Saving tax on superannuation upon death

Saving tax on superannuation upon death

Binding Death Benefit nominations are necessary to avoid tax on that part of your super which came from tax deductible contributions and income thereon while being accumulated.

During your lifetime, those in pension mode and 60 or over receive all their pension or lump sum payments tax free.

On death the reversionary pension or lump sum payout goes tax free to a dependent. Dependents under the SIS Act are spouses or children under 18 or dependent on you (in most cases this will mean adult children will not fall within the definition of dependent).

If Dad dies first with Mum as the nominated pension beneficiary, she continues to receive her pension tax free. While not as tax effective going forward, if she received a lump sum it would be tax free as well.

When she dies, leaving a balance of her pension account still in the super fund, if she wills the fund to her adult children they will have to pay 17.0% tax on that part of her balance which came from taxable contributions and income thereon. This taxable portion is likely to be most of the fund unless she has contributed non-deductible contributions to the fund during her lifetime.

The trick is for the person who dies last out of  Dad or Mum to have given Powers of Attorney to (probably) their children to allow some specific actions to happen in certain circumstances, to save tax.

If the surviving spouse is terminally ill or has lost their ability to make decisions, the parties holding the POA could payout the fund to her before she dies, and she gets it all free of any tax. This would save the potential 17% tax if paid out on death to an adult child.

If both Mum and Dad die in the same car crash, there would be no opportunity to withdraw all their funds out of the super tax free prior to death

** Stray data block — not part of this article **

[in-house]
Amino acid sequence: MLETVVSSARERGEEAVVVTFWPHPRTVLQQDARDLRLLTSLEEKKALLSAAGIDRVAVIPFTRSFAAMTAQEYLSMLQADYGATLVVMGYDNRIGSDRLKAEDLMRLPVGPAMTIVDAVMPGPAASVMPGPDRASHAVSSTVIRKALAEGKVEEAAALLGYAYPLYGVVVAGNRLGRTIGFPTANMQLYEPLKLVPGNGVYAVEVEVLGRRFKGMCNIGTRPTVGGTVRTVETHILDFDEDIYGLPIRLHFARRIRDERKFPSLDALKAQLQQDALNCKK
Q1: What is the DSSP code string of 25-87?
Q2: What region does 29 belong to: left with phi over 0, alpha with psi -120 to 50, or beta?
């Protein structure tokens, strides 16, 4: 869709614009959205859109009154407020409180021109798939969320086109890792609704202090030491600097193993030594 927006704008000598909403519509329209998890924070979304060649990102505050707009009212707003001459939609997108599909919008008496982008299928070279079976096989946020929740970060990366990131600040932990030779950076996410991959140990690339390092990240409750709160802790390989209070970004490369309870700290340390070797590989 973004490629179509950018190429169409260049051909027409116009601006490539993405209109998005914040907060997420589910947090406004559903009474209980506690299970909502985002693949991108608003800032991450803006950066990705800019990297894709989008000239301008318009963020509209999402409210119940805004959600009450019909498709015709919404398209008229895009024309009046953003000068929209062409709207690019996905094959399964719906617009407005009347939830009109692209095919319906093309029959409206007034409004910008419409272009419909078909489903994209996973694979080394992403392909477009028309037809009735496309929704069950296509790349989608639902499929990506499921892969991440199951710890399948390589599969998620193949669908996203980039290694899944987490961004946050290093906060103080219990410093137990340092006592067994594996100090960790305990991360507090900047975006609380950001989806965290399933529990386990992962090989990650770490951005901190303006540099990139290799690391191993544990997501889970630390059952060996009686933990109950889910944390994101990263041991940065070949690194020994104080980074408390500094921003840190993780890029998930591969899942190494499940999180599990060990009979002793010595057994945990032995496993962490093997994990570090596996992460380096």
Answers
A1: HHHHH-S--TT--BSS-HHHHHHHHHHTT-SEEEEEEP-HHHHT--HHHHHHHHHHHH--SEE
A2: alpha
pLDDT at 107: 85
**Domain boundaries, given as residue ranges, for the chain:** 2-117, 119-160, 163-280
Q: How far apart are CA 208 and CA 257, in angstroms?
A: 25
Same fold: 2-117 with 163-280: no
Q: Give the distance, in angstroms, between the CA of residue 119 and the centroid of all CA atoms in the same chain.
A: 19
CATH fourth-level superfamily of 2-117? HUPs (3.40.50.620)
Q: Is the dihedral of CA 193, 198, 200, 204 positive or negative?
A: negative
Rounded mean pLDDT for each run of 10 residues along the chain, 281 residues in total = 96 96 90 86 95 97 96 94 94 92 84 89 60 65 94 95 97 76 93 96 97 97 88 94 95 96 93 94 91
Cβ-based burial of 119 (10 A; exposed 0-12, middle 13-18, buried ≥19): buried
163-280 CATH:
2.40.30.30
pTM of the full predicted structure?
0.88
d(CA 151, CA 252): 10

If you do not have an adequate Power of Attorney, then you need to talk to us immediately. You should give a copy of this to whoever holds your POA and also your children if they do not hold your POA, so that they are aware that they need to take professional advice in the event that a surviving spouse becomes terminally ill and your fund needs to be cashed in before you die.

This is not a decision to be taken lightly as the planning revolves around paying the funds out of the superfund early to minimise tax. If, for whatever reason, the surviving spouse does not die for an extended period of time, and the fund has been paid out, then it makes the income on the investments taxable in their own hands from the time of payout to eventual death. This may end up costing you money. A big decision but one that can save you tax if proper planning is put in place.

If you would like to discuss the above feel free to contact us.

*Correct as of October 2014

*Disclaimer – this article has been produced by Kreston Stanley Williamson as a service to its clients and associates. The information contained in the article is of general comment only and is not intended to be advice on any particular matter. Before acting on any areas contained in this article, it is imperative you seek specific advice relating to your particular circumstances. Liability limited by a scheme approved under professional standards legislation.

Pin It on Pinterest